I'm writing in response to this article at alter.net titled "Is Internet Dating Destroying Love?"
Walters seems to believe that internet dating inherently leads to the commodification of love. Profiles are like ads, availability of choice is like a customization menu, and personality/compatibility tests are "mind-dumbingly" rational. He says "love has become an object which people wish to be fully informed about, choose rationally, and not suffer any unexpected disappointments from."
The thesis is fundamentally wrong. If all people have commodified love (and that's a big IF), it's not the internet's fault; it's people's fault. People have been viewing love and marriage in business terms for centuries. There this an ancient practice of winning a good (i.e. rich) husband with your parents money (i.e. a dowry), and there were divorces over finances long before the invention of the internet. Walter does quote a critic who claims "online dating is taking society back to a pre-modern version of arranged marriages," but the historical existence of arranged marriages is proof-positive that the internet has little to do with humans' business mentality. Walter is clearly creating a false causality.
The reason this article offends me is that I met the person I love most on the internet. I did not choose to meet him in person because he had brown hair, brown eyes, taught for a living, and played guitar on the side. I choose to meet him, because when we talked, I found him funny, intelligent, and engaging. There is a horrible stigma surrounding online dating that Walters is merely perpetuating. Some think online dating is only for perverts or gold-diggers. But others, like me, believe online dating is about connection, and the individual attitudes we bring into play are not a result of the connecting medium.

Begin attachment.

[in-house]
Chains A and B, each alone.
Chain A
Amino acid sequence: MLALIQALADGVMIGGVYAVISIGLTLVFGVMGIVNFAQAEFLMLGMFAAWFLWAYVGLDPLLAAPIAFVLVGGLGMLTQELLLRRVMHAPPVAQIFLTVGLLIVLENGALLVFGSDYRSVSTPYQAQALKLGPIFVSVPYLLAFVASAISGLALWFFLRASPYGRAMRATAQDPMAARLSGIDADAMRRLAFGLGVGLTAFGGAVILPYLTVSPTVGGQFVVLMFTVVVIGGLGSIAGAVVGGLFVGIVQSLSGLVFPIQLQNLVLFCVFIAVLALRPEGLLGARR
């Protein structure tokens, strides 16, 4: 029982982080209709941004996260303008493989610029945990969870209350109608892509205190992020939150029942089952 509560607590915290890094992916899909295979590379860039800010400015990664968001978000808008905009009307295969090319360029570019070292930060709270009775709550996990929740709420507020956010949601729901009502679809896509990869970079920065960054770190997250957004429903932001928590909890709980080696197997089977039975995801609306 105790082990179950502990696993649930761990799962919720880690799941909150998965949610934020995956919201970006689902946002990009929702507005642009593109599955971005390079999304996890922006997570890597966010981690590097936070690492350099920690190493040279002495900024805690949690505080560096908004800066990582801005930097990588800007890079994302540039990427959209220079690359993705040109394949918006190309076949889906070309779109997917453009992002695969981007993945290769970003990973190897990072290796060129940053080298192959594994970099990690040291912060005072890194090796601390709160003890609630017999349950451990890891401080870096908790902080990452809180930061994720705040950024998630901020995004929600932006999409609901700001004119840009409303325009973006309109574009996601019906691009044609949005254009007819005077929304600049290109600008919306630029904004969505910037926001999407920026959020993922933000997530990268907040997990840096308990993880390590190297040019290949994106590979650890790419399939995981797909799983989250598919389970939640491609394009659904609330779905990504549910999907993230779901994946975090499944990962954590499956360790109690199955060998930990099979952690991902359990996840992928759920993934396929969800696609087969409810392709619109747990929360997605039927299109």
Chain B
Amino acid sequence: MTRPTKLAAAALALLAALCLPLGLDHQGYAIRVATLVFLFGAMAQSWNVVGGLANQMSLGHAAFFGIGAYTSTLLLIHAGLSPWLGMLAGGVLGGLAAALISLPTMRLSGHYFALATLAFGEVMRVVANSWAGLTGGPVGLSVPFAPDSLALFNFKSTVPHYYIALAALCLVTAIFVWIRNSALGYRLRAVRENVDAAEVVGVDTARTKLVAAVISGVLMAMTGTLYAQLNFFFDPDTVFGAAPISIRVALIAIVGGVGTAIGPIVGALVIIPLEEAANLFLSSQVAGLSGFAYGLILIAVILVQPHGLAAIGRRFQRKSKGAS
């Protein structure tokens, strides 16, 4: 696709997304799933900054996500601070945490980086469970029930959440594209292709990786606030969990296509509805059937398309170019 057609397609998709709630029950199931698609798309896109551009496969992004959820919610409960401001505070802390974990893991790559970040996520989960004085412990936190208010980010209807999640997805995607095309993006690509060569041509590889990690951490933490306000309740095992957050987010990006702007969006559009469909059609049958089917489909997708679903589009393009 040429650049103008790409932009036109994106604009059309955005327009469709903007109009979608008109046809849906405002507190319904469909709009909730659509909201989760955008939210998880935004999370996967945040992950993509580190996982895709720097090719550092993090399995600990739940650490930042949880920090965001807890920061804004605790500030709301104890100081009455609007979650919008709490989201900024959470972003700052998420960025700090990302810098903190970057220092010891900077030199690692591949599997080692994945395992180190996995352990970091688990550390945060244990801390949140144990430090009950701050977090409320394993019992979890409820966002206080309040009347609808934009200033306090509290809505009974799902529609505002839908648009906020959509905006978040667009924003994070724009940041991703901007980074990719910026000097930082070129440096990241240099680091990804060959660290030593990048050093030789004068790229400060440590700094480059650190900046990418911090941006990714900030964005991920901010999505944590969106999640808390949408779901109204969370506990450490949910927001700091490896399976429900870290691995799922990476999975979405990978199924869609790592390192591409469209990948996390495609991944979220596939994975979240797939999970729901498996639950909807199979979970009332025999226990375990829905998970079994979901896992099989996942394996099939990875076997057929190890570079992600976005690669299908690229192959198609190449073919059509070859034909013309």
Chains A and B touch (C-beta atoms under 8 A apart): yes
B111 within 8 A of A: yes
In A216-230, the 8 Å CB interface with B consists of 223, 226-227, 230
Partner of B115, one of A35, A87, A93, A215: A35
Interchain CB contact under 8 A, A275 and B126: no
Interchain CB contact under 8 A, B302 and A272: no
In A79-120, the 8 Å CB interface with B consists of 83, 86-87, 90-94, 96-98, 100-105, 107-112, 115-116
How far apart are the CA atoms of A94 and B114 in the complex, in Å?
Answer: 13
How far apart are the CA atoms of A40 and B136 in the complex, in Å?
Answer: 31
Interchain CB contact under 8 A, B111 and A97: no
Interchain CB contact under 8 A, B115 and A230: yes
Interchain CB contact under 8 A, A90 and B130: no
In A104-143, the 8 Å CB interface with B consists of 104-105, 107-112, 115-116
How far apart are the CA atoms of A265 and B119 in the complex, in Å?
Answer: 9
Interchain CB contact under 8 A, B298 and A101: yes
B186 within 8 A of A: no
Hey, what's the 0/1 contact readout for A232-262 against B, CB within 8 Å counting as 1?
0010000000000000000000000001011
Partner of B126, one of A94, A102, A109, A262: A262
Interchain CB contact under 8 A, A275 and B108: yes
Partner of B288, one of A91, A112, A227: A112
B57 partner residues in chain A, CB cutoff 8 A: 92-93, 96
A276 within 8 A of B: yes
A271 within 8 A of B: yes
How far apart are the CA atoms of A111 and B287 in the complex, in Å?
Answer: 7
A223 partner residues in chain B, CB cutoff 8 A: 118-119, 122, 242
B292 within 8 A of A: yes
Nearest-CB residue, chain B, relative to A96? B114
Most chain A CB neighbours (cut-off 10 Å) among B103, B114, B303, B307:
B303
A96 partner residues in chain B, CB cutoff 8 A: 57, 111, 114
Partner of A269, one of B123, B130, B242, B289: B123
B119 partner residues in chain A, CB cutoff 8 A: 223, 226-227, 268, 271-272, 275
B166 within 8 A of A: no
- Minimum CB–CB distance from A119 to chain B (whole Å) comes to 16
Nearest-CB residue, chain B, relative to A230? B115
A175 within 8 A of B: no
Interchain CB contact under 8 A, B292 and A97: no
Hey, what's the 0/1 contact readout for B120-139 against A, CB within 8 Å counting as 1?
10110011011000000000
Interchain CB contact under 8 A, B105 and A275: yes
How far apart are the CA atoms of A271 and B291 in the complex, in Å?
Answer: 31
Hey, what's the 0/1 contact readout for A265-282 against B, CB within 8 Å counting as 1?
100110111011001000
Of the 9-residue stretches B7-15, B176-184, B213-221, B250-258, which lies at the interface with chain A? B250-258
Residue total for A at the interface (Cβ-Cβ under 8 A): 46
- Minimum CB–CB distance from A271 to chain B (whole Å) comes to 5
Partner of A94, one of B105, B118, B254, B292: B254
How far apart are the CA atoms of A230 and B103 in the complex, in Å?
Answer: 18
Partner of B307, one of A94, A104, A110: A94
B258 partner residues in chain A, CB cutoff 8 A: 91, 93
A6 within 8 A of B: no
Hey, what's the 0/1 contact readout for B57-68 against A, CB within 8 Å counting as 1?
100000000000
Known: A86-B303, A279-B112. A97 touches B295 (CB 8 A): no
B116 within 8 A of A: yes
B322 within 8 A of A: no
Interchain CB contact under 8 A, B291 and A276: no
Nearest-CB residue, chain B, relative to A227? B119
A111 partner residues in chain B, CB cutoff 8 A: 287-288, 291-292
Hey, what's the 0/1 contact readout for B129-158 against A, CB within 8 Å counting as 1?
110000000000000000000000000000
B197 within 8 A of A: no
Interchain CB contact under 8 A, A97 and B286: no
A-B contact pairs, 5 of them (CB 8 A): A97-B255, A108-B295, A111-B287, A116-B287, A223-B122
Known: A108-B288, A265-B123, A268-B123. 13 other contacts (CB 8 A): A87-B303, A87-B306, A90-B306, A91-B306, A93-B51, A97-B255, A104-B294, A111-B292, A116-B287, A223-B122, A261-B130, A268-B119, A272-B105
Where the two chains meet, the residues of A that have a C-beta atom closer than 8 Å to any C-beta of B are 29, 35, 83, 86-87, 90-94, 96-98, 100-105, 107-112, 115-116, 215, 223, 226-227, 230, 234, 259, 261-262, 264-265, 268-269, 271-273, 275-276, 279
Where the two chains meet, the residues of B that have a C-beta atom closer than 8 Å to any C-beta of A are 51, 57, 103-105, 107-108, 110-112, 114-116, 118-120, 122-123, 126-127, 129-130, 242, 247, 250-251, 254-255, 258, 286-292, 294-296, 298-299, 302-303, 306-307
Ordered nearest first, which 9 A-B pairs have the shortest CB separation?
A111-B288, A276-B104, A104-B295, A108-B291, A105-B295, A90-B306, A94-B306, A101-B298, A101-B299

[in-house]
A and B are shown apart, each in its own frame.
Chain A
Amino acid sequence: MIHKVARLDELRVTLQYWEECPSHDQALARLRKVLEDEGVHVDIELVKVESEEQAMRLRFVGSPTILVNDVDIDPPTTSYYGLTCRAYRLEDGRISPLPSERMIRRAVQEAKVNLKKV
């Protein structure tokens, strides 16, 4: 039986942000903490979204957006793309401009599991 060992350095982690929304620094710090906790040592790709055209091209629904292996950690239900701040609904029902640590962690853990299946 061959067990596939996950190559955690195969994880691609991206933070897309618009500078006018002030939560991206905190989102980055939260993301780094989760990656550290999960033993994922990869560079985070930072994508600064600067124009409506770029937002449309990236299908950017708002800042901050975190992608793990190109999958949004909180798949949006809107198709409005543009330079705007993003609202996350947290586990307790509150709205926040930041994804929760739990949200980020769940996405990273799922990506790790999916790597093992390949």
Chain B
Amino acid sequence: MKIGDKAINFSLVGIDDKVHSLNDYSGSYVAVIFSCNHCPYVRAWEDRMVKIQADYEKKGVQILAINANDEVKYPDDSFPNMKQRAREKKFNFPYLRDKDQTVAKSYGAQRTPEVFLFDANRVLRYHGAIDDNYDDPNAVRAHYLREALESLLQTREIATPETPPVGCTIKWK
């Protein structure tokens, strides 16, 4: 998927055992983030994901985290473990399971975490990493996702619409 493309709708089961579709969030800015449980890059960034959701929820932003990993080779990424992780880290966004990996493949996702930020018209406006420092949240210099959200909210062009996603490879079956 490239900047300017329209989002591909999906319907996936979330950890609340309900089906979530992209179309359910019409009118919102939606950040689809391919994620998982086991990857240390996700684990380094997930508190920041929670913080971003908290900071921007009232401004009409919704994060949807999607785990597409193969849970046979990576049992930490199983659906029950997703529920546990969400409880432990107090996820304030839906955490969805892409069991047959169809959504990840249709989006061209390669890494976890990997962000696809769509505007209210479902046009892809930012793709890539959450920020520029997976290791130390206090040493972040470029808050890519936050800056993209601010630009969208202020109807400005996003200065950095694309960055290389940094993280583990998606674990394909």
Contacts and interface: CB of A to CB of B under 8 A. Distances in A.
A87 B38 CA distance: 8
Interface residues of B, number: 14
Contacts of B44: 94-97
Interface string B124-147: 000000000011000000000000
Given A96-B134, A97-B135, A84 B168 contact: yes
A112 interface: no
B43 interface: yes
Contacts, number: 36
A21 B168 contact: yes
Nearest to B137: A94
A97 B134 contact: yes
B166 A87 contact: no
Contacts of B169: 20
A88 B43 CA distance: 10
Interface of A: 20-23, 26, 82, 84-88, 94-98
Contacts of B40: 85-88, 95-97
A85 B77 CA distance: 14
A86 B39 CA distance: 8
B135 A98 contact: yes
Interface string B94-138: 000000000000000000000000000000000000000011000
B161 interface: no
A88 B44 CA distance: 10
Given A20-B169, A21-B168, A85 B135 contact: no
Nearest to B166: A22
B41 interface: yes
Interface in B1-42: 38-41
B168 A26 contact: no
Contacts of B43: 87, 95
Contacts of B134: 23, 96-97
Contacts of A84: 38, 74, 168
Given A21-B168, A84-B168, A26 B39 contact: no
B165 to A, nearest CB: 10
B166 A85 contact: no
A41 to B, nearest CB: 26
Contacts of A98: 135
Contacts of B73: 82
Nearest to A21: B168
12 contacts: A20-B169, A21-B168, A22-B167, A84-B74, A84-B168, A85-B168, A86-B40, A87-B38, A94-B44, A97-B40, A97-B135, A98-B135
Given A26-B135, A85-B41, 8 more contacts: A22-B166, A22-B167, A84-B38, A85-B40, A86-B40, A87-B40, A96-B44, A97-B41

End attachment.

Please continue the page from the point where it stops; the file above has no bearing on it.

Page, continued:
But that's not what bothers me the most. The biggest issue I have with his article is the pejorative tone about informed and rational choice. I don't know about Walter, but when I meet an interesting guy/girl in person or online, I find out more about them and then make an "informed and rational choice" about whether or not to meet again. The romantic idea that rational thought has no place in love is how people end up with stale marriages, unwanted pregnancies, and even abusive relationships. When I meet anyone, no matter where, I'd like to keep my brain on, thank you very much.
As a side note, the article asserts that Facebook and other social networking sites are about "contact-less friendships . . . reduced to pokes, LOLs, and vacuous innuendos." That couldn't be farther from the truth. Yes, there are pokes, there are laughs, there are even innuendos (and since when does word-play, sexual or otherwise, occur without thought). But, those of us who grew up with facebook use it as a sophisticated form of email - a way to contact friends, plan group events, advertise for businesses, discuss life, love, & philosophy, and share articles (like this awful one about internet dating).
Perhaps, if Walters took a few moments to stop being romantic and think rationally, he could have written a better, more informed critique of internet dating.